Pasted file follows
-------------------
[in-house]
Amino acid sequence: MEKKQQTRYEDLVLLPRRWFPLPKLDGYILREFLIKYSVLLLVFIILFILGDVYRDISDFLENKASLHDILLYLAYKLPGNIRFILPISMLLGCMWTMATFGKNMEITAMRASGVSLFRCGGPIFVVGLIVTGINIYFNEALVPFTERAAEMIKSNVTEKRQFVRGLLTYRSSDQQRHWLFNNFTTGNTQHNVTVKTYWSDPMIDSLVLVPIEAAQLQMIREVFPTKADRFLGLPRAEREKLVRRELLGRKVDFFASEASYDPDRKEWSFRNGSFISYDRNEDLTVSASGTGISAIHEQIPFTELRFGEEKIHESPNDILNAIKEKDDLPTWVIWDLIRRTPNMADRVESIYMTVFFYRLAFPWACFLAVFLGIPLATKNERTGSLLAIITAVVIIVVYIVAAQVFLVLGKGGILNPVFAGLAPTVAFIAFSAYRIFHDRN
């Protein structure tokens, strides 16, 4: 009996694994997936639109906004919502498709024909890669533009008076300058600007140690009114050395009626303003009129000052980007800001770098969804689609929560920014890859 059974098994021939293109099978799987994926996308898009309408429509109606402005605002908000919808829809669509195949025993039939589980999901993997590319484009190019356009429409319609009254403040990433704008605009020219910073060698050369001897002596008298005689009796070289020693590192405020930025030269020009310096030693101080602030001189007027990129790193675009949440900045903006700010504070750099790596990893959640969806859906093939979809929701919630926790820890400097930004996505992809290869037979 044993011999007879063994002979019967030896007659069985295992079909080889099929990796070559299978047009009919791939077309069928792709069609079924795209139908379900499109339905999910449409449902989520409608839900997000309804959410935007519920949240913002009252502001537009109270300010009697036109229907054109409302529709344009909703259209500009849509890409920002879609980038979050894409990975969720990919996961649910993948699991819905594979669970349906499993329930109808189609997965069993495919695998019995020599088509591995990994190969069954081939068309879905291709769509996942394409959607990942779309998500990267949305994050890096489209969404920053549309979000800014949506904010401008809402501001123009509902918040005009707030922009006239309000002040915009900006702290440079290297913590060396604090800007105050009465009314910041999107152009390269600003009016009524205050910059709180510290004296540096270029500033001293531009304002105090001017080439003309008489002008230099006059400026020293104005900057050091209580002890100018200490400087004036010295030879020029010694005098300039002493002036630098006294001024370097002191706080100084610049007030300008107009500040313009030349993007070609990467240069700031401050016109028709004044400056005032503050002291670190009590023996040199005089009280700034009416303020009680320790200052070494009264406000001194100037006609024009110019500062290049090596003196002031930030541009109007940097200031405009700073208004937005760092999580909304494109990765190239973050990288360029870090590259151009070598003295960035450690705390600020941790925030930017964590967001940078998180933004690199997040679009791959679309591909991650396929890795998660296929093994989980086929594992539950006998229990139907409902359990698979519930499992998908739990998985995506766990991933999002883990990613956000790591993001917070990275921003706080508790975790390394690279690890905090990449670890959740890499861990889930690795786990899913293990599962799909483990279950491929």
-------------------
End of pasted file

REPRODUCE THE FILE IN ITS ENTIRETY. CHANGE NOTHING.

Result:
[in-house]
Amino acid sequence: MEKKQQTRYEDLVLLPRRWFPLPKLDGYILREFLIKYSVLLLVFIILFILGDVYRDISDFLENKASLHDILLYLAYKLPGNIRFILPISMLLGCMWTMATFGKNMEITAMRASGVSLFRCGGPIFVVGLIVTGINIYFNEALVPFTERAAEMIKSNVTEKRQFVRGLLTYRSSDQQRHWLFNNFTTGNTQHNVTVKTYWSDPMIDSLVLVPIEAAQLQMIREVFPTKADRFLGLPRAEREKLVRRELLGRKVDFFASEASYDPDRKEWSFRNGSFISYDRNEDLTVSASGTGISAIHEQIPFTELRFGEEKIHESPNDILNAIKEKDDLPTWVIWDLIRRTPNMADRVESIYMTVFFYRLAFPWACFLAVFLGIPLATKNERTGSLLAIITAVVIIVVYIVAAQVFLVLGKGGILNPVFAGLAPTVAFIAFSAYRIFHDRN
């Protein structure tokens, strides 16, 4: 009996694994997936639109906004919502498709024909890669533009008076300058600007140690009114050395009626303003009129000052980007800001770098969804689609929560920014890859 059974098994021939293109099978799987994926996308898009309408429509109606402005605002908000919808829809669509195949025993039939589980999901993997590319484009190019356009429409319609009254403040990433704008605009020219910073060698050369001897002596008298005689009796070289020693590192405020930025030269020009310096030693101080602030001189007027990129790193675009949440900045903006700010504070750099790596990893959640969806859906093939979809929701919630926790820890400097930004996505992809290869037979 044993011999007879063994002979019967030896007659069985295992079909080889099929990796070559299978047009009919791939077309069928792709069609079924795209139908379900499109339905999910449409449902989520409608839900997000309804959410935007519920949240913002009252502001537009109270300010009697036109229907054109409302529709344009909703259209500009849509890409920002879609980038979050894409990975969720990919996961649910993948699991819905594979669970349906499993329930109808189609997965069993495919695998019995020599088509591995990994190969069954081939068309879905291709769509996942394409959607990942779309998500990267949305994050890096489209969404920053549309979000800014949506904010401008809402501001123009509902918040005009707030922009006239309000002040915009900006702290440079290297913590060396604090800007105050009465009314910041999107152009390269600003009016009524205050910059709180510290004296540096270029500033001293531009304002105090001017080439003309008489002008230099006059400026020293104005900057050091209580002890100018200490400087004036010295030879020029010694005098300039002493002036630098006294001024370097002191706080100084610049007030300008107009500040313009030349993007070609990467240069700031401050016109028709004044400056005032503050002291670190009590023996040199005089009280700034009416303020009680320790200052070494009264406000001194100037006609024009110019500062290049090596003196002031930030541009109007940097200031405009700073208004937005760092999580909304494109990765190239973050990288360029870090590259151009070598003295960035450690705390600020941790925030930017964590967001940078998180933004690199997040679009791959679309591909991650396929890795998660296929093994989980086929594992539950006998229990139907409902359990698979519930499992998908739990998985995506766990991933999002883990990613956000790591993001917070990275921003706080508790975790390394690279690890905090990449670890959740890499861990889930690795786990899913293990599962799909483990279950491929």